A/C related smell

Hi,
I just started noticing a rather minor inconvenience with my '98 Civic. Whenever I'm starting the car after previously turning it off with the A/C working, for the first few minutes the ventilated air has
a tepid smell, regardless of whether the A/C works or not. The smell is hard to describe, it hints an old, rotten, steaming rag. This did not happen before or with my other, newer Civic.
If previously the car was turned off without having the A/C operating, no smell comes out when I turned it back on.
What's up with this? Does the A/C need some sort of servicing? Is this the way old A/C goes?
Thank you.
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gigelus2k3 wrote:

You can use the rather toxic A/C cleaners commonly available, find a shop that will use ozone to clean out the system, or make your own cleaner with vodka and cider vinegar, believe it or not. To reduce the smell, always turn the A/C and recirculate controls off well before you shut the engine off, to dry out the coils. Also make sure the condensate drain isn't blocked.
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The drain may need to be cleaned out. It is nothing more than a plastic tube that runs from the drain pan to the underside of the car near the passenger's feet. Cleaning is done by running a cleaning rod of some sort up the tube or by blowing air through it. If the drain plugs up altogether it is common for the drain pan to overflow with condensed water and soak the carpet on the passenger side.
This is a very common problem and not often easy to correct. The smell comes from mold trying to grow in the evaporator and drain pan. IIRC it was one of the regulars here that came up with a vodka procedure (no kidding!) to knock down the mold - maybe he will update me. This product has had good reviews, too: http://www.carfood.com/bgfridsysdis.html
Mike
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wrote:

Thanks for the heads-up. I'm glad that this is a common occurrence :-) Where can I find some drawings or procedure description about this thing? Is this tube accessible from the interior?
Thank you.
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The interior end is hidden under the dash, but the outside end isn't hard to find on a muggy day. When the A/C runs and there is humidity in the air the drain tube will drip water (unless it is completely plugged). If you let the car idle a few minutes with the windows open and the A/C on you will see a puddle forming on the ground near the passenger door - that is dripping from the drain.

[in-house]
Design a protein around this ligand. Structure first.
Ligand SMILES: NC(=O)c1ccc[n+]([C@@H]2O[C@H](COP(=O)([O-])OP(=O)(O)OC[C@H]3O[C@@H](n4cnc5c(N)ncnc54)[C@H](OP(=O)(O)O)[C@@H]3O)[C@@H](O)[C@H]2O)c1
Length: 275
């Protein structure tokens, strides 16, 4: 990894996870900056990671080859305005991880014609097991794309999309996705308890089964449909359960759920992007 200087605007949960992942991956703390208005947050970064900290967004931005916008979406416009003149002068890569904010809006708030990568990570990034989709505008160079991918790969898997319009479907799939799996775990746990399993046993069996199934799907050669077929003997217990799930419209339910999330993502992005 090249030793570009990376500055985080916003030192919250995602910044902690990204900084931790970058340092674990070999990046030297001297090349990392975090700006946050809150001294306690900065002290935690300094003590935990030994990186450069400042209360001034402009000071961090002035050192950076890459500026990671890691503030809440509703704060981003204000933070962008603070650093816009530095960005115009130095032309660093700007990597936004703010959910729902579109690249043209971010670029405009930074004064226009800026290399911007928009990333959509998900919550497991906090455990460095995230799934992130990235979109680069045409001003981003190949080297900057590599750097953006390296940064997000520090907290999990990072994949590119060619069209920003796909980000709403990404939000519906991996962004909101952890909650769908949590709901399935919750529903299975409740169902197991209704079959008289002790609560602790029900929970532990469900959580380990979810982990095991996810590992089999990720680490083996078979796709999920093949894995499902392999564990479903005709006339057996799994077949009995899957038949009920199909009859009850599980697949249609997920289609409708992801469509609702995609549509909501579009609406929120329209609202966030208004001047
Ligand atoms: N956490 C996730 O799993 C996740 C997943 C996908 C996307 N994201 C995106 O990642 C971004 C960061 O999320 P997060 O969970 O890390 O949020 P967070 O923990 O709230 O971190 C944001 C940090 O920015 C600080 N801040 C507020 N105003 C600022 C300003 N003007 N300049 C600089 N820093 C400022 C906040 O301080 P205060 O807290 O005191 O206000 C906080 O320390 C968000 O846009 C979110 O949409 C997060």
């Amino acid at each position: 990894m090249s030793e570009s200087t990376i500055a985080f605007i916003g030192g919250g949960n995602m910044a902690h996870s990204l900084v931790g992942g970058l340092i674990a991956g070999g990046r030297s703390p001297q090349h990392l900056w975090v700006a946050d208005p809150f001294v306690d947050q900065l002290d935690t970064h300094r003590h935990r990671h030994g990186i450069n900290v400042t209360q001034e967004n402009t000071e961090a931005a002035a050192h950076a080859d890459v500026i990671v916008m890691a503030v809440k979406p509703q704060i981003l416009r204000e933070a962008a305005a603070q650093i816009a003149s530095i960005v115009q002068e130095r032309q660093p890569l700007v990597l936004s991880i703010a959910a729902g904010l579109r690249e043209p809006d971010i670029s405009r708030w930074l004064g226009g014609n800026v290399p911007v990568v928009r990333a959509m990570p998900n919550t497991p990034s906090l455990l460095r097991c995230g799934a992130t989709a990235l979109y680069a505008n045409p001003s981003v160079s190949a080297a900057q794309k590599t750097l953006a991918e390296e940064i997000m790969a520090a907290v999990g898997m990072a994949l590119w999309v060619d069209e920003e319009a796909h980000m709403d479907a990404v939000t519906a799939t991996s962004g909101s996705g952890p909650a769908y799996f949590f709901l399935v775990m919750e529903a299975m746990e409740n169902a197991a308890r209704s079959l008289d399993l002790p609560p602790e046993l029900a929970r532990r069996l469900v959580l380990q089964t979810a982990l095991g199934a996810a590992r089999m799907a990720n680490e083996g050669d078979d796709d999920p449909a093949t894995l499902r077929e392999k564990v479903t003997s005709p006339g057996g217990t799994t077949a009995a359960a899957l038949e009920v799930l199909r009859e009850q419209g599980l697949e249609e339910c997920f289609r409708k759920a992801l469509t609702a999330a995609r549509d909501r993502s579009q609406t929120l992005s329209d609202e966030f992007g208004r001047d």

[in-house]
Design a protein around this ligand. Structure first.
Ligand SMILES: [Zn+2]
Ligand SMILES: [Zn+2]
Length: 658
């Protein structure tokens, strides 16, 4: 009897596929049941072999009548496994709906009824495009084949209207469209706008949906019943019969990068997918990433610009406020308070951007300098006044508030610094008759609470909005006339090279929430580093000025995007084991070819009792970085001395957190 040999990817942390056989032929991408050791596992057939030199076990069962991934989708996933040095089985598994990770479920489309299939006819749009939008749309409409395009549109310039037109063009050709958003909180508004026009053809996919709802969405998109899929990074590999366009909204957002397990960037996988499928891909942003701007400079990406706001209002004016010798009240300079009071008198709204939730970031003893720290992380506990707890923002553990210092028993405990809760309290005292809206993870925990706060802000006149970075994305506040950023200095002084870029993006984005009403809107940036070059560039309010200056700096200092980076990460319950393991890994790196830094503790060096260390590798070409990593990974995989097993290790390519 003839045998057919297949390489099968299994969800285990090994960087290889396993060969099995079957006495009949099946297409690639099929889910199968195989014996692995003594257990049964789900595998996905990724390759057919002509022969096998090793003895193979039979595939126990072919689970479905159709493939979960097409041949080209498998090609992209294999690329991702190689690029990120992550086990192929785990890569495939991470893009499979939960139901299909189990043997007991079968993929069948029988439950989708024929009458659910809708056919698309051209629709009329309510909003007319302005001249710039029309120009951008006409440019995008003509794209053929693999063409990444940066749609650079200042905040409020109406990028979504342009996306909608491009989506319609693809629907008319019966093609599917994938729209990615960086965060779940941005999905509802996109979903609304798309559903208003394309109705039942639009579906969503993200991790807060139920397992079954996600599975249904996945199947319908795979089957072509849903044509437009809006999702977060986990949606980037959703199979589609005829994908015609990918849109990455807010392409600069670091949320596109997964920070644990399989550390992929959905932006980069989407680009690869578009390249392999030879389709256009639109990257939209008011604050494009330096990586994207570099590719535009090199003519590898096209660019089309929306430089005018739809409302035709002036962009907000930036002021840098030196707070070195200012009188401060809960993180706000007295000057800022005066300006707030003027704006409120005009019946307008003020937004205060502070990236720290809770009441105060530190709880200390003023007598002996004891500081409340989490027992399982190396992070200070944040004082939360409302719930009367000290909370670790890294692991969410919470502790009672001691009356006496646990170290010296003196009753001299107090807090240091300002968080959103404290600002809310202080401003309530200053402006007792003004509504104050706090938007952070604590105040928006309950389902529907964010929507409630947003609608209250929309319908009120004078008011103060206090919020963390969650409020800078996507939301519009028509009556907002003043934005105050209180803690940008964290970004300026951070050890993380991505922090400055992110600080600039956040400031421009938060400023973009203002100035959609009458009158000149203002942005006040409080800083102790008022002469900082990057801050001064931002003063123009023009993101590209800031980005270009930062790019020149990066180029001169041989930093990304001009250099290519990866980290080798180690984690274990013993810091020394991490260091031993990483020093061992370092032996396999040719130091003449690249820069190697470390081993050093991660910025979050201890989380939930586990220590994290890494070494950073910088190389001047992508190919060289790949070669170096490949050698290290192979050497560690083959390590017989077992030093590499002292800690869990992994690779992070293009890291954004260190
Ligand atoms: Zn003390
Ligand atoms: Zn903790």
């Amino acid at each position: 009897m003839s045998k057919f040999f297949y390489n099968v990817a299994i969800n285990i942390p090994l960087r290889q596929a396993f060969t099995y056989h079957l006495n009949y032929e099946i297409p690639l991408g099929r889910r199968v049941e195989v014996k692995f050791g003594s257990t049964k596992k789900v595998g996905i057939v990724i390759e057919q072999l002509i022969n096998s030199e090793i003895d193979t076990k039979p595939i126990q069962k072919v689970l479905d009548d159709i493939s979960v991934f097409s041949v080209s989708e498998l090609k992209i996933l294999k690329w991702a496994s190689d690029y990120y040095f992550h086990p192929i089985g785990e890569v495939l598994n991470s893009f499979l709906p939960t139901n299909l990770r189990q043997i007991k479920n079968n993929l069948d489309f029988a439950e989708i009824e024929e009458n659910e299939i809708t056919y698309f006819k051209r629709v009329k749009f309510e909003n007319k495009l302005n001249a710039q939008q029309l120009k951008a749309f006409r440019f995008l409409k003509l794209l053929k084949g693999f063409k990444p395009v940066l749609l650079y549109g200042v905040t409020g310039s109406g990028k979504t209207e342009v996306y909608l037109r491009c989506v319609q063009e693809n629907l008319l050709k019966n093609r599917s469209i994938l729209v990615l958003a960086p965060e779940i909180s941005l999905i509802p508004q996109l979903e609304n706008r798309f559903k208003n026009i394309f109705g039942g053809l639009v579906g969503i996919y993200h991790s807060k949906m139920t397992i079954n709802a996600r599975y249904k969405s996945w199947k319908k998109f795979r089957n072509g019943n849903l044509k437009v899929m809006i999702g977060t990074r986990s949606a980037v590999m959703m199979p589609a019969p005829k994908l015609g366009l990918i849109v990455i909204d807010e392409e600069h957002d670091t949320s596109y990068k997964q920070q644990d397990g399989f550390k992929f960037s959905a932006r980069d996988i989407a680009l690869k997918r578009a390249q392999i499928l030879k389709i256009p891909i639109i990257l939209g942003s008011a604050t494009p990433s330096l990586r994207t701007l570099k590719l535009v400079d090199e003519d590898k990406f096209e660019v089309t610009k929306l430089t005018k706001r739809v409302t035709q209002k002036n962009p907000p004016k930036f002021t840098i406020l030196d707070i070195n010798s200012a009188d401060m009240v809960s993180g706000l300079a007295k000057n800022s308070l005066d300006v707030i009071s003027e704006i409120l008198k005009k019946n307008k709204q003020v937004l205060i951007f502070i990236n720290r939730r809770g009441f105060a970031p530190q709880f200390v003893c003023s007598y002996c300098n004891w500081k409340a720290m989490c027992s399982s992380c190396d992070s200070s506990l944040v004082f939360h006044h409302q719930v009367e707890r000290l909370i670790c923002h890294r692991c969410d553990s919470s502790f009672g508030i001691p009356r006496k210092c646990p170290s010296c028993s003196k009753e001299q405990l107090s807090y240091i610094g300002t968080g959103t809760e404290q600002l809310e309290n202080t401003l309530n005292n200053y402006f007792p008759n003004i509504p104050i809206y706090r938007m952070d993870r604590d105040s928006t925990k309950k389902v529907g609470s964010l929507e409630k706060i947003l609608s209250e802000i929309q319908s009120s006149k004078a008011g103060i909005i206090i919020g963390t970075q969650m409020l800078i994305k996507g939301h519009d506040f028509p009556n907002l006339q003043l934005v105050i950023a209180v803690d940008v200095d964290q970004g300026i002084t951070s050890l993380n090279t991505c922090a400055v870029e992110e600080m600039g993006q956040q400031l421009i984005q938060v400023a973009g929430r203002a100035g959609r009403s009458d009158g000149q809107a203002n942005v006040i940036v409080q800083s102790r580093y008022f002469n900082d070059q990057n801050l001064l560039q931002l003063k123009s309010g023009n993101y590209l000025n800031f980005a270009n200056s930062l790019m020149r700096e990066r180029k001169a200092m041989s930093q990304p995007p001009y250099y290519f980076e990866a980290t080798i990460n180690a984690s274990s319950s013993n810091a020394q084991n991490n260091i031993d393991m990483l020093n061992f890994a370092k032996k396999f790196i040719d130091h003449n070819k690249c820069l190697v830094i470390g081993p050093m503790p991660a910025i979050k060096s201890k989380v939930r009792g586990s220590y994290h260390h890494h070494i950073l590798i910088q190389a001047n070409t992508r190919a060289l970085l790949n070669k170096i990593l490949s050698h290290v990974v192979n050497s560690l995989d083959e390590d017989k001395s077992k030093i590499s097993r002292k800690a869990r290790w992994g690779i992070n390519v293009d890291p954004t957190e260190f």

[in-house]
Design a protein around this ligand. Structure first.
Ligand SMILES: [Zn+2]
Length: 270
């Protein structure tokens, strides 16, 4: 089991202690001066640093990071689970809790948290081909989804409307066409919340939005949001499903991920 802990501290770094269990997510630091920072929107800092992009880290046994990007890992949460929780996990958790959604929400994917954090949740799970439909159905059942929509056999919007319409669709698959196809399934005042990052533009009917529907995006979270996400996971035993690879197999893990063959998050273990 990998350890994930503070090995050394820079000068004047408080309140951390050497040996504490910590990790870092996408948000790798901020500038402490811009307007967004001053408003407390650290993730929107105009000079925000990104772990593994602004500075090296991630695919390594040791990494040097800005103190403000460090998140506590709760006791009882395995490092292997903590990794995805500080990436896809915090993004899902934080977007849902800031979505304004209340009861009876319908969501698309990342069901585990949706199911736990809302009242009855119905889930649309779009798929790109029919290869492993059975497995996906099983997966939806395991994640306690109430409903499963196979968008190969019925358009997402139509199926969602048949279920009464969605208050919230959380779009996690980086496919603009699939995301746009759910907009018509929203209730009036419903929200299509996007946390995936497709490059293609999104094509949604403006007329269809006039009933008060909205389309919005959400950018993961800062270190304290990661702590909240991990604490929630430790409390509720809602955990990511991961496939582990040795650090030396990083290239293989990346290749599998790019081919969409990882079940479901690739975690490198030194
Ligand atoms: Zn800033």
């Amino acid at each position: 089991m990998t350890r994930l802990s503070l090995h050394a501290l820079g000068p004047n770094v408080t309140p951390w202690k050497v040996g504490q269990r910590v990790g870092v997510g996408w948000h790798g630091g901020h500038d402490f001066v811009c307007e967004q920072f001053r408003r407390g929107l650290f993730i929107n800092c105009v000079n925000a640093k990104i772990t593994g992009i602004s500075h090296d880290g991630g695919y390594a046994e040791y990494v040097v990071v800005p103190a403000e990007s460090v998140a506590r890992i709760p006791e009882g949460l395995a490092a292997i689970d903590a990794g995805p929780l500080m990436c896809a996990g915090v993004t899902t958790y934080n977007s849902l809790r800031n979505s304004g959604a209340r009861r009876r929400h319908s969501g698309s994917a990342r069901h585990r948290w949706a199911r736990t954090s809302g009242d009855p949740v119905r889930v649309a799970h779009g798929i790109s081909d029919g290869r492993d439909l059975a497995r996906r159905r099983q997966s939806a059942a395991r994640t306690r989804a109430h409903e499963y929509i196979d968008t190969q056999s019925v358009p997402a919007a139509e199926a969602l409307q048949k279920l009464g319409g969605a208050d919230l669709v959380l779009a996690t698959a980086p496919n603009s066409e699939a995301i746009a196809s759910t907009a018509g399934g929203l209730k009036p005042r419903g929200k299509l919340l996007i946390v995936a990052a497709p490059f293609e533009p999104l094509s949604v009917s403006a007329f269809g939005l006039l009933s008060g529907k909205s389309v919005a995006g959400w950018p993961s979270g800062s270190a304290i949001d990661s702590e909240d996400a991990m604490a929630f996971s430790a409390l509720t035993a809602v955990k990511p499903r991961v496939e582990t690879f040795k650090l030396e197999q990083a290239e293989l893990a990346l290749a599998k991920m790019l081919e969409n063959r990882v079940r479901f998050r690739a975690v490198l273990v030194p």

You may want to spend the modest amount to have an A/C pro check it out. They can ensure the drain is clear and probably have a procedure that works well.
Mike
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On Tue, 10 Jul 2007 04:03:54 -0000, gigelus2k3

It is a common occurrence and the suggestions offered so far are good, but here is something easy that works for me. Anticipate arrival at your destination and turn the AC off a mile or so before you get there. Run the fan at full blast. The cabin doesn't heat up much and it completely eliminates the problem in both my Hondas. (At least to the extent of my ability to smell it.)
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Michael Pardee wrote:

Here it is. I had to do a web search myself to find it. ;-)
Non-toxic A/C System Cleaner
Mold, mildew and fungus growth in automotive A/C systems is a common problem, especially when the air intake control is regularly set to "recirculate" or "Max A/C". There are commercial cleaners available that can control the problem, but I have yet to locate one that isn't both moderately toxic and strong-smelling. Since I'm somewhat sensitive to noxious odors and to chemicals like ammonia, I have developed an easy to mix, non-toxic alternative that, for me at least, works as well as or better than the commercial products. In the interest of a less-toxic environment and as a public service, I am posting it.